At its closest to Earth, Wirtanen will be located against the stars of the constellation Taurus the Bull, passing near the Pleiades, or "Seven Sisters," star cluster in the Bull's shoulder. Taurus is already low in the east just after sunset, giving skywatchers all night to find the comet. However, the Moon is just past first quarter on the 16th, and its phase and brightness will slowly increase from night to night until it's full on the 22nd. It passes directly through Taurus on December 19-21. Therefore, to avoid interference from moonlight, comet-hunters should try to observe during the early part of December, when the Moon is in a thin crescent phase and the comet located south of Taurus, near the border between Cetus the Sea Monster and Eridanus the River. When the Moon is out of the way and at a dimmer phase by the end of the month, the comet will have moved northward, passing Capella, the brightest star in Auriga the Charioteer, on the 23rd-24th.
The December Solstice
On December 21, Earth's axis is tilted with the north pole angled farthest away from the Sun. In the Northern Hemisphere, this is the December or Winter Solstice, when the Sun makes its lowest, shortest arc across the southern sky, and despite the fact that the daylight period now starts lengthening, it's commonly regarded by most as the beginning of winter.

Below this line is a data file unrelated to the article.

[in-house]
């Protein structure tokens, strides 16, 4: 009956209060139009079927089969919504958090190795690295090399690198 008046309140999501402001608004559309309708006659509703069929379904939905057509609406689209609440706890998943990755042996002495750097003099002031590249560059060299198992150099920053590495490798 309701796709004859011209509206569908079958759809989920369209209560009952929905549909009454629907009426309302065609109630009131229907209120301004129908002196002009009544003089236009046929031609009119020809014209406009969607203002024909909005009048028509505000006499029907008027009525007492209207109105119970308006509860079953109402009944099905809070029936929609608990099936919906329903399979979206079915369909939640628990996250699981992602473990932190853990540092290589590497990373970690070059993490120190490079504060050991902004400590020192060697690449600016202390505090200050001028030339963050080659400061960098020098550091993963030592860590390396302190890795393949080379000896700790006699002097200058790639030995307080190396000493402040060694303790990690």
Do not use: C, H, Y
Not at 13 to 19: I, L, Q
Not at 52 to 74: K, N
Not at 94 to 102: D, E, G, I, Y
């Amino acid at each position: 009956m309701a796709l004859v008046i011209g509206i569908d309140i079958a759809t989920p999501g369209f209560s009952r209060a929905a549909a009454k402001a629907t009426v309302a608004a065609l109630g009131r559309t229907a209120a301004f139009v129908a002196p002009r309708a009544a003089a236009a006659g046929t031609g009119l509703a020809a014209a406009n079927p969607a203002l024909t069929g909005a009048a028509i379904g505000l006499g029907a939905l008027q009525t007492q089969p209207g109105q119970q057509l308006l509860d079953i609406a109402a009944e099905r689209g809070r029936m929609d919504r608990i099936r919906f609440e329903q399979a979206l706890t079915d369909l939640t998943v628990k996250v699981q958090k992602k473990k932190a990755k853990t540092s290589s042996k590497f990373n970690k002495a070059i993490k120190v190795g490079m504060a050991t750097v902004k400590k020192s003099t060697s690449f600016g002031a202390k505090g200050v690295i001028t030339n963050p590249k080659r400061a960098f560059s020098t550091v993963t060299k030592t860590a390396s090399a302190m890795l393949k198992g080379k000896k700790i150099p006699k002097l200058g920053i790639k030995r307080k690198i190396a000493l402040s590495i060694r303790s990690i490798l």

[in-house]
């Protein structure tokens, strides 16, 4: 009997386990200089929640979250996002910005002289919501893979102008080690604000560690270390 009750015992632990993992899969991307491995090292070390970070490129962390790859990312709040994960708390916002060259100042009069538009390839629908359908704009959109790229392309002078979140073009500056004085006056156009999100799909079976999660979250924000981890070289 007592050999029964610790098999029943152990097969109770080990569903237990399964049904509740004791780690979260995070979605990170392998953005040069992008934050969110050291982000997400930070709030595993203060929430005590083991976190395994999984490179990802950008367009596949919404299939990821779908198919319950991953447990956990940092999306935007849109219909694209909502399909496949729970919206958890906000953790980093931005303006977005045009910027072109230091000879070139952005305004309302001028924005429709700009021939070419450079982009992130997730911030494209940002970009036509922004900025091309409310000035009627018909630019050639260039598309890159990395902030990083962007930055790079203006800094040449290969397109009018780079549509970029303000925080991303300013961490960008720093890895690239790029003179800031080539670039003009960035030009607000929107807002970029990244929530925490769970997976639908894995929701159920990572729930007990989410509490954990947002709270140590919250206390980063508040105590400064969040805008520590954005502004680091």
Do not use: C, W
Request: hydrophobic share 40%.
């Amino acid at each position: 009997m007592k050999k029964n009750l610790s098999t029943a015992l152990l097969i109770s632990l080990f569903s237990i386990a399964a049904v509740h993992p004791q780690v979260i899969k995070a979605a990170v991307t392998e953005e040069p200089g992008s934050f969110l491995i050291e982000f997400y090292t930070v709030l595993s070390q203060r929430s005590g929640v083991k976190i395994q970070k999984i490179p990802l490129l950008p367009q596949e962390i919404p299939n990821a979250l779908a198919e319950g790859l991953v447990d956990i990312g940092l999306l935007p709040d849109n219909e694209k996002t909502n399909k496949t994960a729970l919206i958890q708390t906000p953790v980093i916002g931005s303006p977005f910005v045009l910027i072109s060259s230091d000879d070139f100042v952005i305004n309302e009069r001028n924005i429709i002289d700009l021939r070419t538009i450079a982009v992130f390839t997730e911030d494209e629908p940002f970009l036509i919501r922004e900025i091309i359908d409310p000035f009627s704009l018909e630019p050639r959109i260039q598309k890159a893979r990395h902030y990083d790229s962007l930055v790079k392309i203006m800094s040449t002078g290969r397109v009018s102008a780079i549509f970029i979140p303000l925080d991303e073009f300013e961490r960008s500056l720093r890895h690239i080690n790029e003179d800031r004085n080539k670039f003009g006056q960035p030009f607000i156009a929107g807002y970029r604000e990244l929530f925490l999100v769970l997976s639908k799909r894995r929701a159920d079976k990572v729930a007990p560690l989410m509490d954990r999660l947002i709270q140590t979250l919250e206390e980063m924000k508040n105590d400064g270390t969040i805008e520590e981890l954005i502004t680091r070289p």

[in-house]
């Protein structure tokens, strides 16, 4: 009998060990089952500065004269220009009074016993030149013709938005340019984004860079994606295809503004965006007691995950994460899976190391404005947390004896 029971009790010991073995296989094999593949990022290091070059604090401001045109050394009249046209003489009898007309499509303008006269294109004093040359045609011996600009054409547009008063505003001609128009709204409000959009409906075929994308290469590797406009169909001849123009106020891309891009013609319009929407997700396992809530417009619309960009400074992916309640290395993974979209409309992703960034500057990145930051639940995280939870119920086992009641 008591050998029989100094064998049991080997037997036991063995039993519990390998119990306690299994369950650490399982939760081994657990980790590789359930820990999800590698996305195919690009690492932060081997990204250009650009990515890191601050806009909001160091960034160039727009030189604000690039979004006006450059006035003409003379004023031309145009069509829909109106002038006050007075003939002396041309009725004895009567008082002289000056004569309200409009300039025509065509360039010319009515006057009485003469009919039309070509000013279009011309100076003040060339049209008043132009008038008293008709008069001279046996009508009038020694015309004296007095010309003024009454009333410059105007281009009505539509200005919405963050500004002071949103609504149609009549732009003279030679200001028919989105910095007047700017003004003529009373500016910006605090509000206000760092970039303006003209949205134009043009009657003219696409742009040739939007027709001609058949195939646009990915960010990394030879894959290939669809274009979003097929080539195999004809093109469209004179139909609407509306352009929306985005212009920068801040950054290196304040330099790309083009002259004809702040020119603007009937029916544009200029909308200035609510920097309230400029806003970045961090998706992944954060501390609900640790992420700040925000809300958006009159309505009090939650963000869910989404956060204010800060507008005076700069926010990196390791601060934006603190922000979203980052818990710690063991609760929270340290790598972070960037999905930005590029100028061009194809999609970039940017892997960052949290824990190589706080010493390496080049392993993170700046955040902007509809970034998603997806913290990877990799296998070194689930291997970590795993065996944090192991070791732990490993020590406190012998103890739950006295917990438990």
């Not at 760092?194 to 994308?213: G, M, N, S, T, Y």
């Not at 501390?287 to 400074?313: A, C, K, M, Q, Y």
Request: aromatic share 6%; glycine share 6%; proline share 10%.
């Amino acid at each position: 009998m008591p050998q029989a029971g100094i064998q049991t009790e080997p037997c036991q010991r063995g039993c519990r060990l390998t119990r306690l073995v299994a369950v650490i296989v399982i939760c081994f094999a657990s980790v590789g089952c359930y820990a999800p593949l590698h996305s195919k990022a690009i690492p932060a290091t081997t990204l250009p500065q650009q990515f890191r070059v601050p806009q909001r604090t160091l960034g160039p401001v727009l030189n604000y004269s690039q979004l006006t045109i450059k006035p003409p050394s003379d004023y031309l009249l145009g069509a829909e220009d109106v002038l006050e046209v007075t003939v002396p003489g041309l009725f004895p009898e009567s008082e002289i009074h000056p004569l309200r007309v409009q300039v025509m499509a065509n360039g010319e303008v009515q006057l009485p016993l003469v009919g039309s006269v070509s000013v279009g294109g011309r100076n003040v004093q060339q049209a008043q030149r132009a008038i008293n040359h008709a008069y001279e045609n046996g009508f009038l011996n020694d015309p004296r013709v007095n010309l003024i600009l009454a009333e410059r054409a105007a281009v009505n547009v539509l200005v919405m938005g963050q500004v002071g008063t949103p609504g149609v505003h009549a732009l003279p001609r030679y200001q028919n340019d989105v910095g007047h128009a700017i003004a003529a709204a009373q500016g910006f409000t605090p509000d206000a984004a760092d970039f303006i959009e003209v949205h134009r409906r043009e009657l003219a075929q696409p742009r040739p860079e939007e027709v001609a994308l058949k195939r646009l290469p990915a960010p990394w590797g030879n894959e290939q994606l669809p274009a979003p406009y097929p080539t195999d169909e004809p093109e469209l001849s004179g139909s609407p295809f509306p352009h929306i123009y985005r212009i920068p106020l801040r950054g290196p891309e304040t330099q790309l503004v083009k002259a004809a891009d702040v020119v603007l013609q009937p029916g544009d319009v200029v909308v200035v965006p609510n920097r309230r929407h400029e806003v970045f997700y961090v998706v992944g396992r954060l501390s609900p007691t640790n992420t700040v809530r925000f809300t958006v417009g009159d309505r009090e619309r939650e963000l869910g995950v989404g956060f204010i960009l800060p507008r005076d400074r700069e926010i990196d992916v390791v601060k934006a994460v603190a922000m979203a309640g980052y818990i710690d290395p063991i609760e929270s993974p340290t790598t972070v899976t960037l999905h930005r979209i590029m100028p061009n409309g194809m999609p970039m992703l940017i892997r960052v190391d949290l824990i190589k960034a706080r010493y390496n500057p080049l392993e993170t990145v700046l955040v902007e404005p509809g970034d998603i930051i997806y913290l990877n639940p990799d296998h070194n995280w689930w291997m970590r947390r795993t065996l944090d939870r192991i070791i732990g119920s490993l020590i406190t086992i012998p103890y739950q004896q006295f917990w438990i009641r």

At the north pole, the Sun is continuously below the horizon, resulting in 24 hours of darkness. However, the north pole has been in constant darkness since late-October and will continue to be until about mid-February. During this four-month stretch, the Sun is at least 12 degrees below the horizon, which technically defines nautical twilight, when the horizon is barely visible).
Ursid Meteors: "Bearly" Visible Under a Full Moon?
The Ursid meteor shower, active from December 17-25, peaks on the night of the 21st, delivering a modest 10-15 meteors per hour under ideal conditions, radiating from near the cup of the Little Dipper. Somewhat like the Draconids of early October, whose radiant is already in the sky just after sunset, Ursid meteors will be seen all night, although their radiant isn't as high in the sky. However, peaking this year in the light of a bright full Moon, many meteors from this shower will be washed from view.
And Just One More Time
Here's a little more information about that striking, pre-dawn celestial "conga-line" that forms in the southeast during the final ten days of the year. On December 21st, Mercury and Jupiter have their close, 1-degree conjunction just before sunrise, with Venus to their upper-right. Then, over the following mornings, the two planets slowly separate, with Jupiter climbing toward Venus while the waning Moon moves in from the west along the Zodiac, passing through Gemini the Twins, Cancer the Crab, and Leo the Lion, before finally entering the stars of Virgo the Maiden, where it passes about 6-7 degrees from that constellation's brightest star, Spica on the 30th. That's when it leads a diagonal line that rises from the horizon, followed by brilliant Venus, then slightly fainter Jupiter, and finally—the lowest on the horizon—elusive Mercury at the tail end of the line and perhaps the most difficult to see in the growing glow of dawn. This procession is also visible on the morning of the 31st, when the Moon is a bit lower and closer to Venus.